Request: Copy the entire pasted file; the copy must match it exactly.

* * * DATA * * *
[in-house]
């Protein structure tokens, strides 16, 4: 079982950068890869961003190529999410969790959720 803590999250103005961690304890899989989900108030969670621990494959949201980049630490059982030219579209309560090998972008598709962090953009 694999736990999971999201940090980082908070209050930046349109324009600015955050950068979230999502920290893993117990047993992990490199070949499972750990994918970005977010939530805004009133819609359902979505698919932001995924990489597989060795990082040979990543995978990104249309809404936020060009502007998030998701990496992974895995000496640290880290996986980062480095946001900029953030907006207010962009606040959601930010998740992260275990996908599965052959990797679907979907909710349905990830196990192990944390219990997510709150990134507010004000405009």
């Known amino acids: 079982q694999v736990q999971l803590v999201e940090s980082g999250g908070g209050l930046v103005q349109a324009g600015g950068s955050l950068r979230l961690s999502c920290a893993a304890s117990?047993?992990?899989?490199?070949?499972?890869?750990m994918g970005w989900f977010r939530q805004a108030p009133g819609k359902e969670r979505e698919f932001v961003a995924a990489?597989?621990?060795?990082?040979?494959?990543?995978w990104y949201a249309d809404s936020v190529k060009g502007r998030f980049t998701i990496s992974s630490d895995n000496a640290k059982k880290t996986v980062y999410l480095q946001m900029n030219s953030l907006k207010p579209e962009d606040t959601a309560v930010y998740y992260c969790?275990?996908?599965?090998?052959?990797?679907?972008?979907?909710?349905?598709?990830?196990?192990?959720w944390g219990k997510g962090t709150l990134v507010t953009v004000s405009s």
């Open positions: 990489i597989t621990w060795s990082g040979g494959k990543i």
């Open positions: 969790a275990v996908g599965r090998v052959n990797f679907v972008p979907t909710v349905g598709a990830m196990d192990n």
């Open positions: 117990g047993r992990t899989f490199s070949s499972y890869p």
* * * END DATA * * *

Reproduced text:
[in-house]
């Protein structure tokens, strides 16, 4: 079982950068890869961003190529999410969790959720 803590999250103005961690304890899989989900108030969670621990494959949201980049630490059982030219579209309560090998972008598709962090953009 694999736990999971999201940090980082908070209050930046349109324009600015955050950068979230999502920290893993117990047993992990490199070949499972750990994918970005977010939530805004009133819609359902979505698919932001995924990489597989060795990082040979990543995978990104249309809404936020060009502007998030998701990496992974895995000496640290880290996986980062480095946001900029953030907006207010962009606040959601930010998740992260275990996908599965052959990797679907979907909710349905990830196990192990944390219990997510709150990134507010004000405009």
């Known amino acids: 079982q694999v736990q999971l803590v999201e940090s980082g999250g908070g209050l930046v103005q349109a324009g600015g950068s955050l950068r979230l961690s999502c920290a893993a304890s117990?047993?992990?899989?490199?070949?499972?890869?750990m994918g970005w989900f977010r939530q805004a108030p009133g819609k359902e969670r979505e698919f932001v961003a995924a990489?597989?621990?060795?990082?040979?494959?990543?995978w990104y949201a249309d809404s936020v190529k060009g502007r998030f980049t998701i990496s992974s630490d895995n000496a640290k059982k880290t996986v980062y999410l480095q946001m900029n030219s953030l907006k207010p579209e962009d606040t959601a309560v930010y998740y992260c969790?275990?996908?599965?090998?052959?990797?679907?972008?979907?909710?349905?598709?990830?196990?192990?959720w944390g219990k997510g962090t709150l990134v507010t953009v004000s405009s």
């Open positions: 990489i597989t621990w060795s990082g040979g494959k990543i």
């Open positions: 969790a275990v996908g599965r090998v052959n990797f679907v972008p979907t909710v349905g598709a990830m196990d192990n």
């Open positions: 117990g047993r992990t899989f490199s070949s499972y890869p």